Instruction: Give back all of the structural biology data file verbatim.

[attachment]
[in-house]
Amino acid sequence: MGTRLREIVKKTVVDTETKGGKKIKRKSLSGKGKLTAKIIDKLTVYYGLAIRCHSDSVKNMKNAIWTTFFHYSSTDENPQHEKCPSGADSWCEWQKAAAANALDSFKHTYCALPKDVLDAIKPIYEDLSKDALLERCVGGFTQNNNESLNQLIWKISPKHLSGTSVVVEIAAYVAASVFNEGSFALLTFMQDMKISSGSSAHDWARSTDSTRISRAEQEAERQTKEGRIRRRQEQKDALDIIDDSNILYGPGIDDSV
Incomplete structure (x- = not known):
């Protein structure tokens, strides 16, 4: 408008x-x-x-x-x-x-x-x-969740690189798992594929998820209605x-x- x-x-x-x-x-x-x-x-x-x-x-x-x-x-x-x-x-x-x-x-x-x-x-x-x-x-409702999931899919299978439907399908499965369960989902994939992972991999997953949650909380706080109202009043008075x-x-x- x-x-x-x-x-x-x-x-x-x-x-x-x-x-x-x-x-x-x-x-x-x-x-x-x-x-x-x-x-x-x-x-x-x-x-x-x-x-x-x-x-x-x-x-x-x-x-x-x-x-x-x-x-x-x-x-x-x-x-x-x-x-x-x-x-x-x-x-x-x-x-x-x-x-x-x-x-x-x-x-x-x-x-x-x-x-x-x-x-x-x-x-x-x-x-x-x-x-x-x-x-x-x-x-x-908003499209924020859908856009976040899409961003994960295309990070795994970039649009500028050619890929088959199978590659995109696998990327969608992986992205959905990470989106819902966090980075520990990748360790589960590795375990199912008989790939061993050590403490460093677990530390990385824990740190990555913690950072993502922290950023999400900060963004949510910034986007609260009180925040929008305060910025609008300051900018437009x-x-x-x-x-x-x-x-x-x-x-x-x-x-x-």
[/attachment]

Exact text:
[in-house]
Amino acid sequence: MGTRLREIVKKTVVDTETKGGKKIKRKSLSGKGKLTAKIIDKLTVYYGLAIRCHSDSVKNMKNAIWTTFFHYSSTDENPQHEKCPSGADSWCEWQKAAAANALDSFKHTYCALPKDVLDAIKPIYEDLSKDALLERCVGGFTQNNNESLNQLIWKISPKHLSGTSVVVEIAAYVAASVFNEGSFALLTFMQDMKISSGSSAHDWARSTDSTRISRAEQEAERQTKEGRIRRRQEQKDALDIIDDSNILYGPGIDDSV
Incomplete structure (x- = not known):
């Protein structure tokens, strides 16, 4: 408008x-x-x-x-x-x-x-x-969740690189798992594929998820209605x-x- x-x-x-x-x-x-x-x-x-x-x-x-x-x-x-x-x-x-x-x-x-x-x-x-x-x-409702999931899919299978439907399908499965369960989902994939992972991999997953949650909380706080109202009043008075x-x-x- x-x-x-x-x-x-x-x-x-x-x-x-x-x-x-x-x-x-x-x-x-x-x-x-x-x-x-x-x-x-x-x-x-x-x-x-x-x-x-x-x-x-x-x-x-x-x-x-x-x-x-x-x-x-x-x-x-x-x-x-x-x-x-x-x-x-x-x-x-x-x-x-x-x-x-x-x-x-x-x-x-x-x-x-x-x-x-x-x-x-x-x-x-x-x-x-x-x-x-x-x-x-x-x-x-908003499209924020859908856009976040899409961003994960295309990070795994970039649009500028050619890929088959199978590659995109696998990327969608992986992205959905990470989106819902966090980075520990990748360790589960590795375990199912008989790939061993050590403490460093677990530390990385824990740190990555913690950072993502922290950023999400900060963004949510910034986007609260009180925040929008305060910025609008300051900018437009x-x-x-x-x-x-x-x-x-x-x-x-x-x-x-």